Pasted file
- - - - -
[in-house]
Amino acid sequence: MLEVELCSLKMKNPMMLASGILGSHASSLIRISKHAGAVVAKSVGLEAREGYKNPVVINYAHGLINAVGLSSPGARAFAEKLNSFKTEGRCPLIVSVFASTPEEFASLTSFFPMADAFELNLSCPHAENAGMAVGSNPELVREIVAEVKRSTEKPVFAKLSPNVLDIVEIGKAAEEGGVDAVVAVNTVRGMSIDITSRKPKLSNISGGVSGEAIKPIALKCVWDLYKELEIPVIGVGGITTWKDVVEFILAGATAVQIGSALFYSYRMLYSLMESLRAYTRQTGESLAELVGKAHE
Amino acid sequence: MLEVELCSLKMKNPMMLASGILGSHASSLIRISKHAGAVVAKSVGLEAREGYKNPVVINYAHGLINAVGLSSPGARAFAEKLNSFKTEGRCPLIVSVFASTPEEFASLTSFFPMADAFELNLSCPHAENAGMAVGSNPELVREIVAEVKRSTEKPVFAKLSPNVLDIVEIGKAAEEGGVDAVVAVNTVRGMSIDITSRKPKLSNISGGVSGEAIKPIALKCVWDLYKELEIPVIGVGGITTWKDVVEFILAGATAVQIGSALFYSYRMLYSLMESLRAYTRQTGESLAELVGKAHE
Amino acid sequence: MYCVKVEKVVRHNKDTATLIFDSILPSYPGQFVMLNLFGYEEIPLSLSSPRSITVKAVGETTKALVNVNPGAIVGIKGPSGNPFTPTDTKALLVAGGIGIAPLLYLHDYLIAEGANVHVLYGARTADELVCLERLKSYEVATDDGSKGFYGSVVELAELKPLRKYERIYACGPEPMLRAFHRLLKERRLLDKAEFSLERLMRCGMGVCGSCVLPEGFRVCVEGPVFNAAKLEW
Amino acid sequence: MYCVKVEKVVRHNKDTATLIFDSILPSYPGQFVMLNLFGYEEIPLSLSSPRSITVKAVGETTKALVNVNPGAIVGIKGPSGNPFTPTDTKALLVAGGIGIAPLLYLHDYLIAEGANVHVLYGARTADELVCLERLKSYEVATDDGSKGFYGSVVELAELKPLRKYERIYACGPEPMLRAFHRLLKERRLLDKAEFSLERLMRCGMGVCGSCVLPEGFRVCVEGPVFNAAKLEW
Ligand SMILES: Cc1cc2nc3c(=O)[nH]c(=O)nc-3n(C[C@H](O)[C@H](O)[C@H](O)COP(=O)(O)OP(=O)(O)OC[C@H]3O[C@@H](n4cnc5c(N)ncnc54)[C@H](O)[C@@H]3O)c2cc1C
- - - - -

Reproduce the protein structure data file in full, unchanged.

[in-house]
Amino acid sequence: MLEVELCSLKMKNPMMLASGILGSHASSLIRISKHAGAVVAKSVGLEAREGYKNPVVINYAHGLINAVGLSSPGARAFAEKLNSFKTEGRCPLIVSVFASTPEEFASLTSFFPMADAFELNLSCPHAENAGMAVGSNPELVREIVAEVKRSTEKPVFAKLSPNVLDIVEIGKAAEEGGVDAVVAVNTVRGMSIDITSRKPKLSNISGGVSGEAIKPIALKCVWDLYKELEIPVIGVGGITTWKDVVEFILAGATAVQIGSALFYSYRMLYSLMESLRAYTRQTGESLAELVGKAHE
Amino acid sequence: MLEVELCSLKMKNPMMLASGILGSHASSLIRISKHAGAVVAKSVGLEAREGYKNPVVINYAHGLINAVGLSSPGARAFAEKLNSFKTEGRCPLIVSVFASTPEEFASLTSFFPMADAFELNLSCPHAENAGMAVGSNPELVREIVAEVKRSTEKPVFAKLSPNVLDIVEIGKAAEEGGVDAVVAVNTVRGMSIDITSRKPKLSNISGGVSGEAIKPIALKCVWDLYKELEIPVIGVGGITTWKDVVEFILAGATAVQIGSALFYSYRMLYSLMESLRAYTRQTGESLAELVGKAHE
Amino acid sequence: MYCVKVEKVVRHNKDTATLIFDSILPSYPGQFVMLNLFGYEEIPLSLSSPRSITVKAVGETTKALVNVNPGAIVGIKGPSGNPFTPTDTKALLVAGGIGIAPLLYLHDYLIAEGANVHVLYGARTADELVCLERLKSYEVATDDGSKGFYGSVVELAELKPLRKYERIYACGPEPMLRAFHRLLKERRLLDKAEFSLERLMRCGMGVCGSCVLPEGFRVCVEGPVFNAAKLEW
Amino acid sequence: MYCVKVEKVVRHNKDTATLIFDSILPSYPGQFVMLNLFGYEEIPLSLSSPRSITVKAVGETTKALVNVNPGAIVGIKGPSGNPFTPTDTKALLVAGGIGIAPLLYLHDYLIAEGANVHVLYGARTADELVCLERLKSYEVATDDGSKGFYGSVVELAELKPLRKYERIYACGPEPMLRAFHRLLKERRLLDKAEFSLERLMRCGMGVCGSCVLPEGFRVCVEGPVFNAAKLEW
Ligand SMILES: Cc1cc2nc3c(=O)[nH]c(=O)nc-3n(C[C@H](O)[C@H](O)[C@H](O)COP(=O)(O)OP(=O)(O)OC[C@H]3O[C@@H](n4cnc5c(N)ncnc54)[C@H](O)[C@@H]3O)c2cc1C